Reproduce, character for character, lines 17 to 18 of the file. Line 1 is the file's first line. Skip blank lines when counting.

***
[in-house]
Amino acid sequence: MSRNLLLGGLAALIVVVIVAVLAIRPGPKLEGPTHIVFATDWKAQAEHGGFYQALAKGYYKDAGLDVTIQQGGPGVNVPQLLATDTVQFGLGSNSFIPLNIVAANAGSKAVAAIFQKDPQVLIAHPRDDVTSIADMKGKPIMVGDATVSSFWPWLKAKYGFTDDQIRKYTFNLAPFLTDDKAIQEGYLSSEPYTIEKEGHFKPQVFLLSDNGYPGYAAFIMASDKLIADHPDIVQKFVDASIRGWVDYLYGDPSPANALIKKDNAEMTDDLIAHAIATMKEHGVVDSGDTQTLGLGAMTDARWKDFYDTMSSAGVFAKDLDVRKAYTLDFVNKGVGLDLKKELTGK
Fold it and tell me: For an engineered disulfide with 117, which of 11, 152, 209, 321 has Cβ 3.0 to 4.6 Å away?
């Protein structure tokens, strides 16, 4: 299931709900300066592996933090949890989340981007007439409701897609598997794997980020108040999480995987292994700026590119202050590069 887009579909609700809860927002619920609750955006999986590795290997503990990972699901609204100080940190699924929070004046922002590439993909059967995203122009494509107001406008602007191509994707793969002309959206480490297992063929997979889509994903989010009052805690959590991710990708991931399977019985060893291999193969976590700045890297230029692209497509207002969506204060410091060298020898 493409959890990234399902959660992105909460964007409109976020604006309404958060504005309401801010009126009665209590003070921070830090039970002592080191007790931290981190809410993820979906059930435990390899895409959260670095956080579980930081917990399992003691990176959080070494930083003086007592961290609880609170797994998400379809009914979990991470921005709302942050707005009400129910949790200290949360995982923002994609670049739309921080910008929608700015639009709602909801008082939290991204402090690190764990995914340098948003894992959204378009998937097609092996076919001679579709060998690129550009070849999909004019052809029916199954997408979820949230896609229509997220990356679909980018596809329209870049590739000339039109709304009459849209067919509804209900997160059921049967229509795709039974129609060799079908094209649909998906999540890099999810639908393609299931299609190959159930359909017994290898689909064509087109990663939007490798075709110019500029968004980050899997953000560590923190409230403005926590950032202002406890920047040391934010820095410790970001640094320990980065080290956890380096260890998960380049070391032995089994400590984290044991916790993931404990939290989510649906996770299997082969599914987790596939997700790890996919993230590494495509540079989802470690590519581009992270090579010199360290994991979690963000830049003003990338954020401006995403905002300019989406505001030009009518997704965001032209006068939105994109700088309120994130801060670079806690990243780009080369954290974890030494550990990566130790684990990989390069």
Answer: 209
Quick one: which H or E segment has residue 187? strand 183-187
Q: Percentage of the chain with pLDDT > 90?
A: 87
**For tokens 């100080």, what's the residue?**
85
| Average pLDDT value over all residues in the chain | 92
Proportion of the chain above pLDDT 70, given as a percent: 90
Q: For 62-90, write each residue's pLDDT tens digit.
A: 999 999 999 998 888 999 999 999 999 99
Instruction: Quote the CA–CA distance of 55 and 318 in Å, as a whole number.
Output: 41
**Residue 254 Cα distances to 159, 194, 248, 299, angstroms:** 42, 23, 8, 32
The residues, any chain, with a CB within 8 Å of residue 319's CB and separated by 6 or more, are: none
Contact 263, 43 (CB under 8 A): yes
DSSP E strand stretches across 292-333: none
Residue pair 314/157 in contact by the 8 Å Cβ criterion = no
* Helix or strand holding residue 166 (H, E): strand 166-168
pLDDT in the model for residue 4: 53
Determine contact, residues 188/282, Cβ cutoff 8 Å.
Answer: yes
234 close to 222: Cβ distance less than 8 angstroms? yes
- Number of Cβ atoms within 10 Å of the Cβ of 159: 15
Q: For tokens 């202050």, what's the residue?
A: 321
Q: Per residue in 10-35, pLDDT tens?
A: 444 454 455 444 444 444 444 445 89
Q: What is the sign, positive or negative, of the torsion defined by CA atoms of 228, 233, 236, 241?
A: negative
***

**Residue 254 Cα distances to 159, 194, 248, 299, angstroms:** 42, 23, 8, 32
The residues, any chain, with a CB within 8 Å of residue 319's CB and separated by 6 or more, are: none